Cereal. I personally have never been a fan. Bo-ringggg. The name itself conjures up an image of sleepy-eyed morning zombies sitting at the kitchen counter cud chewing their way through their morning repast.
I’ve always been more of the ‘Breakfast? Pah! Breakfast is for sissies’ type of roller. Me, I chug-a-lug 2 mugs of industrial strength coffee, come ten o’clock, I’m invincible. We won’t mention that come two thirty-ish, you’d invariably find me in a little heap draped around the water cooler, sobbing piteously without enough energy to raise my Despicable Me water bottle to the spigot.
Anyhow, I digress. Consequently, as with most bad eating habits, there came a point when my poor digestive system rebelled. Quite painfully. So I realised I had to woman up and start eating breakfast. But not the full Monty type of breakfast; bacon, eggs, tomatoes, toast, etceteraa, but … cereal type of breakfast.
I remembered in the mists of time that I had once tried muesli. Not the sugar coated, candy type of muesli, but rolled oats, dry as the desert and enough seeds and nuts to keep an aviary of seed cracking birds happy for a week type of muesli.
Apparently, the muesli I was after is called Bircher’s Muesli:
Etymology (fancy term for the origin of a word and the historical development of its meaning.)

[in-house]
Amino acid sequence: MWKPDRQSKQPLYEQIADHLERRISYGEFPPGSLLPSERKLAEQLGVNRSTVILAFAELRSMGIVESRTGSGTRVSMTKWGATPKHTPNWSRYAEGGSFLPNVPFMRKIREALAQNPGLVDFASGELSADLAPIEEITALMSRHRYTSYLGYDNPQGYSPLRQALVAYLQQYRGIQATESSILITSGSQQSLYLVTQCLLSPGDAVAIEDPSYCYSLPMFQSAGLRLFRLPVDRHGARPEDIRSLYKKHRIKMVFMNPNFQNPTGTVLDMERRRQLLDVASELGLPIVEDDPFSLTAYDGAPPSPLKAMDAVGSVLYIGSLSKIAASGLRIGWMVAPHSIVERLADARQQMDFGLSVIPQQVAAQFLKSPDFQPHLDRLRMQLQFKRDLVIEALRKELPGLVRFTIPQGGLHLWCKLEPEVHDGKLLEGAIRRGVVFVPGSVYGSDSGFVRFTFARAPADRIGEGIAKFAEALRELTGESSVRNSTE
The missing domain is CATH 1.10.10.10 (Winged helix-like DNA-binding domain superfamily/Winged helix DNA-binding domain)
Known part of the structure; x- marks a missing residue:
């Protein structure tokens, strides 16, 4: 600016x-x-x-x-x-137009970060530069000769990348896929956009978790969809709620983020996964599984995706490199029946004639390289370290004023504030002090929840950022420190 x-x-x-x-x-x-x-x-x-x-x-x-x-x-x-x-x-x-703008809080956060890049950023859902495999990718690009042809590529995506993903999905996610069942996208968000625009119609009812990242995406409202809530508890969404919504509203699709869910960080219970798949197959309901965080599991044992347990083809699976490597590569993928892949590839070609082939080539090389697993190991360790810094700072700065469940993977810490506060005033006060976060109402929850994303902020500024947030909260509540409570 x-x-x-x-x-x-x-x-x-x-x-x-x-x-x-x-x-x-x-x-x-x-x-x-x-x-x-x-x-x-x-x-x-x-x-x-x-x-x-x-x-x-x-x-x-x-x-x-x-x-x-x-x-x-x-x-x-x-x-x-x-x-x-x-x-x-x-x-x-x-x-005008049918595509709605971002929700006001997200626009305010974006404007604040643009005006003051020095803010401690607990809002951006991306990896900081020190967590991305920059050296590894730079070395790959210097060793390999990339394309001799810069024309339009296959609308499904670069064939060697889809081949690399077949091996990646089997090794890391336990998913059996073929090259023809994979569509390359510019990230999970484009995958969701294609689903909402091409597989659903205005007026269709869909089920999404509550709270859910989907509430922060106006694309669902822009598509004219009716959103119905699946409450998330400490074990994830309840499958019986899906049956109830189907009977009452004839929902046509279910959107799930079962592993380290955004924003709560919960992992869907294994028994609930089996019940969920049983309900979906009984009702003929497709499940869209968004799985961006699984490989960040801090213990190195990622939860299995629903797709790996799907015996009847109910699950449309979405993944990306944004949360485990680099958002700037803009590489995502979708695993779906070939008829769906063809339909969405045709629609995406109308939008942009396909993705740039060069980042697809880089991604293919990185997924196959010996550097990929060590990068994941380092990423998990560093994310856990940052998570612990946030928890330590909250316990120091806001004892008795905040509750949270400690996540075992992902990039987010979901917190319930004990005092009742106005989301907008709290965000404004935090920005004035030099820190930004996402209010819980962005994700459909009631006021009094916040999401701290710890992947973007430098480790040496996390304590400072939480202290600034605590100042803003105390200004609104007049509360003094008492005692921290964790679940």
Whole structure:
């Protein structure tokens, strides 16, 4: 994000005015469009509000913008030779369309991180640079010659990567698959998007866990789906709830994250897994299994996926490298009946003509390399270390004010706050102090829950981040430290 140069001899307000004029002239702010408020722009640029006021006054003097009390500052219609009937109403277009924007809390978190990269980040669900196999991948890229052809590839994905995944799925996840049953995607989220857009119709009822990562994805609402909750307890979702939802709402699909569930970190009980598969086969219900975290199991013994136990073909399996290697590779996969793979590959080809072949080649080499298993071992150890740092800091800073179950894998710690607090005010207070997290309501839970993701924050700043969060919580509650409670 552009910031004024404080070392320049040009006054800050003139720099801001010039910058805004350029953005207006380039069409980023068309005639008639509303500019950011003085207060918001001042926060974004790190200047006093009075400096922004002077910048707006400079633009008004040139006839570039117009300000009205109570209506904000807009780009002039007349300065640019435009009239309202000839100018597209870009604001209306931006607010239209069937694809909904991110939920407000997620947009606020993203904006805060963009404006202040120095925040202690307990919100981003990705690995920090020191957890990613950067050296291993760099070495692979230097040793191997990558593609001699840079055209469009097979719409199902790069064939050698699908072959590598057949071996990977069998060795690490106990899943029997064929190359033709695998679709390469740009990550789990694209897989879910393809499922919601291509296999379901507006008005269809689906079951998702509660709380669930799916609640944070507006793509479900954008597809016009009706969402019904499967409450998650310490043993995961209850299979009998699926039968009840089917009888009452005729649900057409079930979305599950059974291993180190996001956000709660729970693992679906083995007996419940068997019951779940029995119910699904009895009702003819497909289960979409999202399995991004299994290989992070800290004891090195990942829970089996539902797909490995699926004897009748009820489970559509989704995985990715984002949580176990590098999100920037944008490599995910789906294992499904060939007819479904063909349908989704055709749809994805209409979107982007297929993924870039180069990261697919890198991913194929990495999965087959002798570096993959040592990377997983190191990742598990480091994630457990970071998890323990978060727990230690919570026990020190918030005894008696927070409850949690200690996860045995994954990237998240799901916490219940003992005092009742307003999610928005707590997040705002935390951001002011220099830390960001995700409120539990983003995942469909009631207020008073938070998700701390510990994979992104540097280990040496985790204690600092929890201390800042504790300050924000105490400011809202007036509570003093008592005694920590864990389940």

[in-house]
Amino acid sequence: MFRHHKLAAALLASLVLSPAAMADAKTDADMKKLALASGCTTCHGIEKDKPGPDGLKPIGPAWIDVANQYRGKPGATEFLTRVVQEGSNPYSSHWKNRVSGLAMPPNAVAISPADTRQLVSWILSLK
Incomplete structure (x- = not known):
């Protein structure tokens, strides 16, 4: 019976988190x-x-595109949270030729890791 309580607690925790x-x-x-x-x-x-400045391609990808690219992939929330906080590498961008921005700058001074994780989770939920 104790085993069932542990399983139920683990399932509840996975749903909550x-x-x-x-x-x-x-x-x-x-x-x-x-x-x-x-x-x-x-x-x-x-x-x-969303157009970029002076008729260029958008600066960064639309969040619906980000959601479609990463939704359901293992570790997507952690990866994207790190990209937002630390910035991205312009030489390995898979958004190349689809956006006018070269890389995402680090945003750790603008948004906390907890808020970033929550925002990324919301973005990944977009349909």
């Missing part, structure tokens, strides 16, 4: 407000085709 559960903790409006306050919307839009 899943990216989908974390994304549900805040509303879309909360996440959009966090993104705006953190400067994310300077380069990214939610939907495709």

Originally known in Swiss German as Birchermüesli or simply Müesli, the word is an Alemannic diminutive of Mues which means “puree” or “mash-up.” See, enuff said – “mash-up” says it all!
Muesli was introduced around 1900 by the Swiss physician Maximilian Bircher-Benner for patients in his hospital, where a diet rich in fresh fruit and vegetables was an essential part of therapy. It was inspired by a similar “strange dish” that he and his wife had been served on a hike in the Swiss Alps. Bircher-Benner himself referred to the dish simply as “d’Spys” (Swiss German for “the dish”, in German “die Speise”). Muesli in its modern form became popular in Western countries starting in the 1960’s as part of increased interest in health food and vegetarian diets. Traditional muesli was eaten with lemon juice and not milk. Goodness gracious, lemon?
Packaged muesli is a loose mixture of mainly rolled oats together with various pieces of dried fruit, nuts, and seeds. It commonly contains other rolled cereal grains such as wheat or rye flakes as well. There are many varieties. This dry packaged muesli can be stored for many months. It can be served quickly after mixing it with milk, yogurt, coffee, hot chocolate, fruit juice, or water.
So, if you, like me, have been given a serious health slap by your very own body, take a page out of my book. Skip the caffeine charging coffees on an empty stomach; pack your moo-oo-sli into your ‘lunchbox’ every morning and meet your workmates around the water cooler, (so that you have company while you cud chew your way through your brekkie), pour water into your breakfast of champions and you’re set for the day.